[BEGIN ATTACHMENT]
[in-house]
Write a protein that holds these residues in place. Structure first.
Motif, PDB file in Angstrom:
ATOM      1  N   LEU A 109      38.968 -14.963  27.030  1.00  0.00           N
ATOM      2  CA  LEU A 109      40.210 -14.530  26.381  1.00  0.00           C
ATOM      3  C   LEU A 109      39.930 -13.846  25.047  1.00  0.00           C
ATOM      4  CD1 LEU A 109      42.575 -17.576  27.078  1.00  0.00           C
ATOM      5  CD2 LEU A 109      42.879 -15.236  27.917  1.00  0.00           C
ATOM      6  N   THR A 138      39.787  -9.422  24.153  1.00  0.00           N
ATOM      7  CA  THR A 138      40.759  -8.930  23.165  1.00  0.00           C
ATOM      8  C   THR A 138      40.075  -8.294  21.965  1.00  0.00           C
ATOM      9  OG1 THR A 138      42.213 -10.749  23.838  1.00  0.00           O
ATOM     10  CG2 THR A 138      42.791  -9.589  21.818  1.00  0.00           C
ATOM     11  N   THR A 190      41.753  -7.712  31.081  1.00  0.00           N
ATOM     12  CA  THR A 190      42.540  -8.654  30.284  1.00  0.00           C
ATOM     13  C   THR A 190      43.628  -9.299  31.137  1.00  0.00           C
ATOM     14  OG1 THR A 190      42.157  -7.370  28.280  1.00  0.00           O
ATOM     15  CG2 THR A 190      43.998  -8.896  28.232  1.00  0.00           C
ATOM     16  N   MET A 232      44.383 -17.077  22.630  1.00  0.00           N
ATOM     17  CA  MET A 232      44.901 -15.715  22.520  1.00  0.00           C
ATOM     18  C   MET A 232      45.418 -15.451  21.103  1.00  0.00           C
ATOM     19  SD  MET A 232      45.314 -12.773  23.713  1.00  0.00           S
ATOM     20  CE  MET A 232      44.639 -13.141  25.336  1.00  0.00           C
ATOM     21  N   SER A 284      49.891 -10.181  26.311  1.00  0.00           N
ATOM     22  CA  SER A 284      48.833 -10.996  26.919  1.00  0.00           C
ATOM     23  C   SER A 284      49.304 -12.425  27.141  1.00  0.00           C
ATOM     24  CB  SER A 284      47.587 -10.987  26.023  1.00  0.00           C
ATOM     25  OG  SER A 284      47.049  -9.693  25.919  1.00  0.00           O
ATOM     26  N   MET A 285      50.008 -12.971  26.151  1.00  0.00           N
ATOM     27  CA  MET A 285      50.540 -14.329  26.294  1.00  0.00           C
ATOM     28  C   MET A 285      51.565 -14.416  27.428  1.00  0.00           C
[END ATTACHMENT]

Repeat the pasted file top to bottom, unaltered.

[in-house]
Write a protein that holds these residues in place. Structure first.
Motif, PDB file in Angstrom:
ATOM      1  N   LEU A 109      38.968 -14.963  27.030  1.00  0.00           N
ATOM      2  CA  LEU A 109      40.210 -14.530  26.381  1.00  0.00           C
ATOM      3  C   LEU A 109      39.930 -13.846  25.047  1.00  0.00           C
ATOM      4  CD1 LEU A 109      42.575 -17.576  27.078  1.00  0.00           C
ATOM      5  CD2 LEU A 109      42.879 -15.236  27.917  1.00  0.00           C
ATOM      6  N   THR A 138      39.787  -9.422  24.153  1.00  0.00           N
ATOM      7  CA  THR A 138      40.759  -8.930  23.165  1.00  0.00           C
ATOM      8  C   THR A 138      40.075  -8.294  21.965  1.00  0.00           C
ATOM      9  OG1 THR A 138      42.213 -10.749  23.838  1.00  0.00           O
ATOM     10  CG2 THR A 138      42.791  -9.589  21.818  1.00  0.00           C
ATOM     11  N   THR A 190      41.753  -7.712  31.081  1.00  0.00           N
ATOM     12  CA  THR A 190      42.540  -8.654  30.284  1.00  0.00           C
ATOM     13  C   THR A 190      43.628  -9.299  31.137  1.00  0.00           C
ATOM     14  OG1 THR A 190      42.157  -7.370  28.280  1.00  0.00           O
ATOM     15  CG2 THR A 190      43.998  -8.896  28.232  1.00  0.00           C
ATOM     16  N   MET A 232      44.383 -17.077  22.630  1.00  0.00           N
ATOM     17  CA  MET A 232      44.901 -15.715  22.520  1.00  0.00           C
ATOM     18  C   MET A 232      45.418 -15.451  21.103  1.00  0.00           C
ATOM     19  SD  MET A 232      45.314 -12.773  23.713  1.00  0.00           S
ATOM     20  CE  MET A 232      44.639 -13.141  25.336  1.00  0.00           C
ATOM     21  N   SER A 284      49.891 -10.181  26.311  1.00  0.00           N
ATOM     22  CA  SER A 284      48.833 -10.996  26.919  1.00  0.00           C
ATOM     23  C   SER A 284      49.304 -12.425  27.141  1.00  0.00           C
ATOM     24  CB  SER A 284      47.587 -10.987  26.023  1.00  0.00           C
ATOM     25  OG  SER A 284      47.049  -9.693  25.919  1.00  0.00           O
ATOM     26  N   MET A 285      50.008 -12.971  26.151  1.00  0.00           N
ATOM     27  CA  MET A 285      50.540 -14.329  26.294  1.00  0.00           C
ATOM     28  C   MET A 285      51.565 -14.416  27.428  1.00  0.00           C